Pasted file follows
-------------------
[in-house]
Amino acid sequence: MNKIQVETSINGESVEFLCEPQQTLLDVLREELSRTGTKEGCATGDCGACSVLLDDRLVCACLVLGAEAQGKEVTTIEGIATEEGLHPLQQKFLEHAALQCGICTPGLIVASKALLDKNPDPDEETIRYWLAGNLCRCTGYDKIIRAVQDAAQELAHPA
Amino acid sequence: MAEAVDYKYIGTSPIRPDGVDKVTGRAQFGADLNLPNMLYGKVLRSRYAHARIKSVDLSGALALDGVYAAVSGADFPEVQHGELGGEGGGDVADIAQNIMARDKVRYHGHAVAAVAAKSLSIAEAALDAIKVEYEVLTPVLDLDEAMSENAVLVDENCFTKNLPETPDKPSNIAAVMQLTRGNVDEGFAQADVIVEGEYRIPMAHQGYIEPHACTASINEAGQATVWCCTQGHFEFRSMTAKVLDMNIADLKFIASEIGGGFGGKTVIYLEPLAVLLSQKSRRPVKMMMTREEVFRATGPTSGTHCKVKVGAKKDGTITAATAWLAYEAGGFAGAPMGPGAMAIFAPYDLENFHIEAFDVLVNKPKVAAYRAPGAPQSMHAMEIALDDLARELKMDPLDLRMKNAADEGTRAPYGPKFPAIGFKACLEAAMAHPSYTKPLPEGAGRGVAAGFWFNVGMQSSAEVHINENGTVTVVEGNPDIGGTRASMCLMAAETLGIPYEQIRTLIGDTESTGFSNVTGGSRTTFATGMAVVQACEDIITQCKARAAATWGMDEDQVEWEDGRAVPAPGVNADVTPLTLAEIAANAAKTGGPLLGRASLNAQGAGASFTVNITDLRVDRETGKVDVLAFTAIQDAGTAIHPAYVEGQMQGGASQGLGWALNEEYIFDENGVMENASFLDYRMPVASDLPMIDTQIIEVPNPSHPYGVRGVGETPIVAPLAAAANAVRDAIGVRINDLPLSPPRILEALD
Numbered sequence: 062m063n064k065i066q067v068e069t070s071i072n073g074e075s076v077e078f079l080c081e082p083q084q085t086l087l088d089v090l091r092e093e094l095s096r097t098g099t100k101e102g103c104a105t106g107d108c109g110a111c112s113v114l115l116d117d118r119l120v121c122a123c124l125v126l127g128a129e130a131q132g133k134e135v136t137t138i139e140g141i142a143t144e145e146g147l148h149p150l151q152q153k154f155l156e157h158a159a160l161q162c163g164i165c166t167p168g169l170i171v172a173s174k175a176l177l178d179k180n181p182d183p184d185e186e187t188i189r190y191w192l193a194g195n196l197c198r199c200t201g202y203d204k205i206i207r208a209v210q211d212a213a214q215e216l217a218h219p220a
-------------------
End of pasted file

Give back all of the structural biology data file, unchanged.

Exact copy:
[in-house]
Amino acid sequence: MNKIQVETSINGESVEFLCEPQQTLLDVLREELSRTGTKEGCATGDCGACSVLLDDRLVCACLVLGAEAQGKEVTTIEGIATEEGLHPLQQKFLEHAALQCGICTPGLIVASKALLDKNPDPDEETIRYWLAGNLCRCTGYDKIIRAVQDAAQELAHPA
Amino acid sequence: MAEAVDYKYIGTSPIRPDGVDKVTGRAQFGADLNLPNMLYGKVLRSRYAHARIKSVDLSGALALDGVYAAVSGADFPEVQHGELGGEGGGDVADIAQNIMARDKVRYHGHAVAAVAAKSLSIAEAALDAIKVEYEVLTPVLDLDEAMSENAVLVDENCFTKNLPETPDKPSNIAAVMQLTRGNVDEGFAQADVIVEGEYRIPMAHQGYIEPHACTASINEAGQATVWCCTQGHFEFRSMTAKVLDMNIADLKFIASEIGGGFGGKTVIYLEPLAVLLSQKSRRPVKMMMTREEVFRATGPTSGTHCKVKVGAKKDGTITAATAWLAYEAGGFAGAPMGPGAMAIFAPYDLENFHIEAFDVLVNKPKVAAYRAPGAPQSMHAMEIALDDLARELKMDPLDLRMKNAADEGTRAPYGPKFPAIGFKACLEAAMAHPSYTKPLPEGAGRGVAAGFWFNVGMQSSAEVHINENGTVTVVEGNPDIGGTRASMCLMAAETLGIPYEQIRTLIGDTESTGFSNVTGGSRTTFATGMAVVQACEDIITQCKARAAATWGMDEDQVEWEDGRAVPAPGVNADVTPLTLAEIAANAAKTGGPLLGRASLNAQGAGASFTVNITDLRVDRETGKVDVLAFTAIQDAGTAIHPAYVEGQMQGGASQGLGWALNEEYIFDENGVMENASFLDYRMPVASDLPMIDTQIIEVPNPSHPYGVRGVGETPIVAPLAAAANAVRDAIGVRINDLPLSPPRILEALD
Numbered sequence: 062m063n064k065i066q067v068e069t070s071i072n073g074e075s076v077e078f079l080c081e082p083q084q085t086l087l088d089v090l091r092e093e094l095s096r097t098g099t100k101e102g103c104a105t106g107d108c109g110a111c112s113v114l115l116d117d118r119l120v121c122a123c124l125v126l127g128a129e130a131q132g133k134e135v136t137t138i139e140g141i142a143t144e145e146g147l148h149p150l151q152q153k154f155l156e157h158a159a160l161q162c163g164i165c166t167p168g169l170i171v172a173s174k175a176l177l178d179k180n181p182d183p184d185e186e187t188i189r190y191w192l193a194g195n196l197c198r199c200t201g202y203d204k205i206i207r208a209v210q211d212a213a214q215e216l217a218h219p220a